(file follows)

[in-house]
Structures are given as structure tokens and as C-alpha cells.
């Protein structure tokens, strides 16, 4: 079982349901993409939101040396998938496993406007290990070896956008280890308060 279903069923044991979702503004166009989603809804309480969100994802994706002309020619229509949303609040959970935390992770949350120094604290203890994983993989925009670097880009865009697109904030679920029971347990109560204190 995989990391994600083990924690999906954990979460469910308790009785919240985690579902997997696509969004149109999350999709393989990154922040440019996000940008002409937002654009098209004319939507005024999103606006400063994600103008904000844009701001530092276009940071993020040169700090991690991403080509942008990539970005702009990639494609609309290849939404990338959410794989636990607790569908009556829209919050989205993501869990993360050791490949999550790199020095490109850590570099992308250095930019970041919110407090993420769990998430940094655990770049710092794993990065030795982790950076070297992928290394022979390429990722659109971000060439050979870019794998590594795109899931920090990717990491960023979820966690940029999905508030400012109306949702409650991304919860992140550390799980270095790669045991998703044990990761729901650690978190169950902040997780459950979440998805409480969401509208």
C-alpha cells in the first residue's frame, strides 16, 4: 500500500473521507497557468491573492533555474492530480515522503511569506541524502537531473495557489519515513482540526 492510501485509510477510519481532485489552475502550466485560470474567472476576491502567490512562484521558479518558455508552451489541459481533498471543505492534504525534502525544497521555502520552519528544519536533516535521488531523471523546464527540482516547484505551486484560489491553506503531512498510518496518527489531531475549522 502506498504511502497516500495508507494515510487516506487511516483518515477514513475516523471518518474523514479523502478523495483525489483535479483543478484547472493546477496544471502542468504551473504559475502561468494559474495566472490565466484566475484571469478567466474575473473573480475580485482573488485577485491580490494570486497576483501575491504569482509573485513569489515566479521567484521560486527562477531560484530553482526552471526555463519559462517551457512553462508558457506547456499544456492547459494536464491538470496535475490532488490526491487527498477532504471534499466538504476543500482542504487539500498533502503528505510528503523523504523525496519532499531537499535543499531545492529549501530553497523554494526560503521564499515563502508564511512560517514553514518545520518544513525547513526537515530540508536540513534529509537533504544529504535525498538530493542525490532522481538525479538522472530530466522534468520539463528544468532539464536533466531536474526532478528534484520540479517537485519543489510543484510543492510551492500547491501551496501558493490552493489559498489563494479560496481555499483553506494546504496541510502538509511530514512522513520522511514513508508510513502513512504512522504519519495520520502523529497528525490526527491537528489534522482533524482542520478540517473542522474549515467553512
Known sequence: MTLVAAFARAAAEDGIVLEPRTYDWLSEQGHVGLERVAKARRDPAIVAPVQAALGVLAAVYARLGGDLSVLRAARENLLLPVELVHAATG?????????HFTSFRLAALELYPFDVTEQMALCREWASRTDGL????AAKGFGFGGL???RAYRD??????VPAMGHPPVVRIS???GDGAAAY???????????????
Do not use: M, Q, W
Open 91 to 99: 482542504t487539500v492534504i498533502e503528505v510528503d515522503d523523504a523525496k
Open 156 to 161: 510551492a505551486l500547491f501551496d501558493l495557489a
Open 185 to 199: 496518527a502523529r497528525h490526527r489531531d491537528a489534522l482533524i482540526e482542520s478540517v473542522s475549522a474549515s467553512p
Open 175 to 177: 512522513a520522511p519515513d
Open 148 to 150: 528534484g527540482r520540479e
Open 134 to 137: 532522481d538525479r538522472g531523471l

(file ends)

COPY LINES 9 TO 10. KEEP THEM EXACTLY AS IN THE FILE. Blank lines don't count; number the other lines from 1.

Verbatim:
Open 185 to 199: 496518527a502523529r497528525h490526527r489531531d491537528a489534522l482533524i482540526e482542520s478540517v473542522s475549522a474549515s467553512p
Open 175 to 177: 512522513a520522511p519515513d